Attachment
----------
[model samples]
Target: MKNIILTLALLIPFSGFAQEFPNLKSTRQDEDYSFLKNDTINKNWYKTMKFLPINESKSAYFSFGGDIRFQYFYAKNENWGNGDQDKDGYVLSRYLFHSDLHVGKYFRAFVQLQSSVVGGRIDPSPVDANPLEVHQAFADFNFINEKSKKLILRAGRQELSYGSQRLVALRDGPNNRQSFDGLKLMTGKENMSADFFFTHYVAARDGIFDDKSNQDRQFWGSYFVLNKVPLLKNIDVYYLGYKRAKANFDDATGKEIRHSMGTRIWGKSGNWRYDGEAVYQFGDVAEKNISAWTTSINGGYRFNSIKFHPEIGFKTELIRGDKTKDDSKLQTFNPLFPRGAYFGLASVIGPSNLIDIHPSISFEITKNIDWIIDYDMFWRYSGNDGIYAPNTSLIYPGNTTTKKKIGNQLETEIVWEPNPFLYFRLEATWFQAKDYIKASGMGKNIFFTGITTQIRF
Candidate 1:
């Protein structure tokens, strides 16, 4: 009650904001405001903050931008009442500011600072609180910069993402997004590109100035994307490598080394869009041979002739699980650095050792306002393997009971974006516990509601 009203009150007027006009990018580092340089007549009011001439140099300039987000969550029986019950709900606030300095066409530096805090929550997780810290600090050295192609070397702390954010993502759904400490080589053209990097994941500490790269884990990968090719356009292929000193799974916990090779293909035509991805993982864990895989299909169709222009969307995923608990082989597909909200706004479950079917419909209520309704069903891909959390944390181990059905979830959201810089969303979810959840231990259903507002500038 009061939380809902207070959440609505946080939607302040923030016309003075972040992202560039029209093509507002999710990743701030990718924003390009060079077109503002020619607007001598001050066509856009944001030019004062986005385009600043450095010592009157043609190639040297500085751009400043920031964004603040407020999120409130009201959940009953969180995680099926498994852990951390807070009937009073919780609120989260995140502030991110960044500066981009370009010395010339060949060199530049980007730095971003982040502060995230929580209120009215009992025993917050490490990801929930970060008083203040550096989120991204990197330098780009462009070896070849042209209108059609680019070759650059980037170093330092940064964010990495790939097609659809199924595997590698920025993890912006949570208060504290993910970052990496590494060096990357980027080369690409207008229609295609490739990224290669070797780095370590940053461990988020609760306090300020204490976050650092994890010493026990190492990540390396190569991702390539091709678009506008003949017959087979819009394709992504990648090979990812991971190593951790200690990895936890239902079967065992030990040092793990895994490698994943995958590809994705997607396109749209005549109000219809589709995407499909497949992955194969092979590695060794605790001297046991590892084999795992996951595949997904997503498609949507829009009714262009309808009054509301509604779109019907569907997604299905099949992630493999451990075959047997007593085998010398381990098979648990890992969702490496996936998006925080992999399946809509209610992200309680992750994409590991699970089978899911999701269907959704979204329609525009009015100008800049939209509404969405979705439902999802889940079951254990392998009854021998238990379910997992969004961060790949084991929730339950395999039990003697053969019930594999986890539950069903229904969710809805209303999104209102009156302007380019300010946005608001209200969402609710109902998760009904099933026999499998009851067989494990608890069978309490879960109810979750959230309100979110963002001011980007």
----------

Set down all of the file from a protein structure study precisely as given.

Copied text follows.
[model samples]
Target: MKNIILTLALLIPFSGFAQEFPNLKSTRQDEDYSFLKNDTINKNWYKTMKFLPINESKSAYFSFGGDIRFQYFYAKNENWGNGDQDKDGYVLSRYLFHSDLHVGKYFRAFVQLQSSVVGGRIDPSPVDANPLEVHQAFADFNFINEKSKKLILRAGRQELSYGSQRLVALRDGPNNRQSFDGLKLMTGKENMSADFFFTHYVAARDGIFDDKSNQDRQFWGSYFVLNKVPLLKNIDVYYLGYKRAKANFDDATGKEIRHSMGTRIWGKSGNWRYDGEAVYQFGDVAEKNISAWTTSINGGYRFNSIKFHPEIGFKTELIRGDKTKDDSKLQTFNPLFPRGAYFGLASVIGPSNLIDIHPSISFEITKNIDWIIDYDMFWRYSGNDGIYAPNTSLIYPGNTTTKKKIGNQLETEIVWEPNPFLYFRLEATWFQAKDYIKASGMGKNIFFTGITTQIRF
Candidate 1:
């Protein structure tokens, strides 16, 4: 009650904001405001903050931008009442500011600072609180910069993402997004590109100035994307490598080394869009041979002739699980650095050792306002393997009971974006516990509601 009203009150007027006009990018580092340089007549009011001439140099300039987000969550029986019950709900606030300095066409530096805090929550997780810290600090050295192609070397702390954010993502759904400490080589053209990097994941500490790269884990990968090719356009292929000193799974916990090779293909035509991805993982864990895989299909169709222009969307995923608990082989597909909200706004479950079917419909209520309704069903891909959390944390181990059905979830959201810089969303979810959840231990259903507002500038 009061939380809902207070959440609505946080939607302040923030016309003075972040992202560039029209093509507002999710990743701030990718924003390009060079077109503002020619607007001598001050066509856009944001030019004062986005385009600043450095010592009157043609190639040297500085751009400043920031964004603040407020999120409130009201959940009953969180995680099926498994852990951390807070009937009073919780609120989260995140502030991110960044500066981009370009010395010339060949060199530049980007730095971003982040502060995230929580209120009215009992025993917050490490990801929930970060008083203040550096989120991204990197330098780009462009070896070849042209209108059609680019070759650059980037170093330092940064964010990495790939097609659809199924595997590698920025993890912006949570208060504290993910970052990496590494060096990357980027080369690409207008229609295609490739990224290669070797780095370590940053461990988020609760306090300020204490976050650092994890010493026990190492990540390396190569991702390539091709678009506008003949017959087979819009394709992504990648090979990812991971190593951790200690990895936890239902079967065992030990040092793990895994490698994943995958590809994705997607396109749209005549109000219809589709995407499909497949992955194969092979590695060794605790001297046991590892084999795992996951595949997904997503498609949507829009009714262009309808009054509301509604779109019907569907997604299905099949992630493999451990075959047997007593085998010398381990098979648990890992969702490496996936998006925080992999399946809509209610992200309680992750994409590991699970089978899911999701269907959704979204329609525009009015100008800049939209509404969405979705439902999802889940079951254990392998009854021998238990379910997992969004961060790949084991929730339950395999039990003697053969019930594999986890539950069903229904969710809805209303999104209102009156302007380019300010946005608001209200969402609710109902998760009904099933026999499998009851067989494990608890069978309490879960109810979750959230309100979110963002001011980007």